By COOPER DART

Environmentally, we’ve lost Idaho’s congressmen.

On April 25, the bill H.R. 3144 passed through the U.S. House of Representatives with a vote of 225-189. The bill would overturn a federal judge’s 2016 decision forcing dams on the lower Snake and Columbia rivers to comply with the Endangered Species Act. The judge’s decision was a direct response to the dramatic decline in the endangered Snake River sockeye salmon populations, causally linked to the construction of those dams between spawning streams and the ocean. Rep. Raul Labrador was a co-sponsor of H.R. 3144; Rep. Mike Simpson voted in favor.

    Labrador and Simpson are selling our salmon for cheap power. These representatives support plans that explicitly violate the ESA and continue to damage salmon habitat. We must hold our congressmen accountable, especially now that the bill has been introduced in the Senate.

    On May 4, 2016, Portland-based federal Judge Michael Simon called for an overhaul of the operating procedures of the Columbia and lower Snake River dams. He deemed a 2014 federal salmon protection plan insufficient in protecting the “critical habitat” of the endangered sockeye salmon, an essential facet of the ESA. Along with calling for a new biological opinion (BiOp) by March 2018, Simon demanded increased spill water over the dams to aid smolt in their journey to the ocean.

The bill passed by the House completely guts this decision. It postpones the proposal of a new BiOp until 2022, and, until then, the old plan will remain in place. Spill would be decreased to maximize hydroelectric output at the cost of the endangered salmon. Finally, the bill precludes any study on the removal of the four lower Snake River dams, and would require congressional approval to alter them in any way.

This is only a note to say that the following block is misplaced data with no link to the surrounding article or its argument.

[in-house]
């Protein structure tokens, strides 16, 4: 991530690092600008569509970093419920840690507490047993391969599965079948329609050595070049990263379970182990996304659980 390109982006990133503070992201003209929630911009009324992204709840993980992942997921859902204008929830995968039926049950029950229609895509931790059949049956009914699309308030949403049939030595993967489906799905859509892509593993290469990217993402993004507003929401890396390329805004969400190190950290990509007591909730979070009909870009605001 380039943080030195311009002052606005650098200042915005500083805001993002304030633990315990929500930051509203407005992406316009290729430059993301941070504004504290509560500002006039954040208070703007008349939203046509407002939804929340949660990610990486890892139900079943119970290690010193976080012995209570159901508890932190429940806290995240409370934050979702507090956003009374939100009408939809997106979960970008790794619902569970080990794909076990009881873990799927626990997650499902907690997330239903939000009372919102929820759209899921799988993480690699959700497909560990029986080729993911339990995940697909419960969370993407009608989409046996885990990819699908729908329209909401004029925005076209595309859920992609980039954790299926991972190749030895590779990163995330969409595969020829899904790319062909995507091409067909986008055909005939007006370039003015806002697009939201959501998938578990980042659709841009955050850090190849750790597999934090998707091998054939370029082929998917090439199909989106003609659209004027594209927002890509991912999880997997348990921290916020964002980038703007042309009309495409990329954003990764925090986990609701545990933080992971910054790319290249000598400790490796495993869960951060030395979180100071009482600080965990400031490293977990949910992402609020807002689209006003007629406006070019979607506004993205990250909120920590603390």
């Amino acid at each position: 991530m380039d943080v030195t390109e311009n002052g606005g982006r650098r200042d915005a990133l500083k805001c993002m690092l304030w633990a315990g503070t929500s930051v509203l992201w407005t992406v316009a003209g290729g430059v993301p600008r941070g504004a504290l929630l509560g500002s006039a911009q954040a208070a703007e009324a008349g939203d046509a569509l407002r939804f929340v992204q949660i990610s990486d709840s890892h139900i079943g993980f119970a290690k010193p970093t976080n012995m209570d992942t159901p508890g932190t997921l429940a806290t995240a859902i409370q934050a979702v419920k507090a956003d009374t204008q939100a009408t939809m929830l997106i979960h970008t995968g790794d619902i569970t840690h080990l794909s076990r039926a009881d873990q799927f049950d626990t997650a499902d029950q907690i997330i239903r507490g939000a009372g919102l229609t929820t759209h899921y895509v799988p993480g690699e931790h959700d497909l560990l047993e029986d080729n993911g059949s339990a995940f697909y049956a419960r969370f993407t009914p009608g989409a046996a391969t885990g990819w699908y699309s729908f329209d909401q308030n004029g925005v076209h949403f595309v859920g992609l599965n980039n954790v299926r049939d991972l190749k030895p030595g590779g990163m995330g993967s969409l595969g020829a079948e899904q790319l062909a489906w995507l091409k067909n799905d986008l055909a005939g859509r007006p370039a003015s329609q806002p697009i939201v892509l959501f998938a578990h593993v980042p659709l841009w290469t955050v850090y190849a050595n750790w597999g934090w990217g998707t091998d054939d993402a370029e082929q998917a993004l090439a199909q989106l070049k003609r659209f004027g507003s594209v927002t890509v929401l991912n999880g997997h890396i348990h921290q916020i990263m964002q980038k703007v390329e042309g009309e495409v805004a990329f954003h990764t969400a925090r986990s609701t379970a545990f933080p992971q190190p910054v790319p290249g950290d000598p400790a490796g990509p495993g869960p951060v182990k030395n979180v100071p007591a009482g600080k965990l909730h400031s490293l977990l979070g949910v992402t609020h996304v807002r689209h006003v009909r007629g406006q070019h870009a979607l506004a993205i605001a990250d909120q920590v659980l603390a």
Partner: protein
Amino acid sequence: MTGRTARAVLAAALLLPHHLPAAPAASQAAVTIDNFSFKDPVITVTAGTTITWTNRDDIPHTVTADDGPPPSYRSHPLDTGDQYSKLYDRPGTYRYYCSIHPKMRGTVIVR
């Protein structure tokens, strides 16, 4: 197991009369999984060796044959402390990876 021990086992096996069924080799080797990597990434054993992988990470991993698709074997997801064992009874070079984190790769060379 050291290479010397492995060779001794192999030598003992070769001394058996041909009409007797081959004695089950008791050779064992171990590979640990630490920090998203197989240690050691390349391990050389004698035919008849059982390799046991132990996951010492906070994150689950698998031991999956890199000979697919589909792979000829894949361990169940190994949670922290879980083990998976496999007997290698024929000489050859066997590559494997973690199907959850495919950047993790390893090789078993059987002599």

If this bill were to pass the Senate and be signed into law, shortsighted federal interests will thrive as our local environment suffers. The Bonneville Power Administration continues to push anachronistic power production methods on the Pacific Northwest while neglecting to focus on other renewables. The bill in Congress rejects the fluctuation inherent in environmental systems and the need to respond to change in a timely manner. To gain slightly cheaper power in the region, these congressmen lack any sense of urgency to amend insufficient salmon protection. The bill directly opposes the ESA and will have recognizable impacts on central Idaho’s environment.

    The fact that sockeye salmon returns are improving must be a call for further protection, not governmental laxity. So while Idaho’s congressmen push to devalue the names of the Salmon River and Redfish Lake by driving down sockeye levels, we might as well shave down the teeth of the Sawtooths and dredge the Big Wood River into a clean-walled conduit. Place names hold special power in directing the values of those who live nearby. At this rate, Labrador’s and Simpson’s names will grace maps of sterile streams and silent spring woods. How will future generations view our nature if Idaho is incongruent with its own names?

    Thus, we must set the precedent of protection. While I applaud Simpson’s establishment of the Cecil D. Andrus-White Clouds Wilderness, his recent actions betray this commitment to Idaho’s nature. Please call Sens. James Risch and Mike Crapo and demand that they oppose this bill in the Senate.

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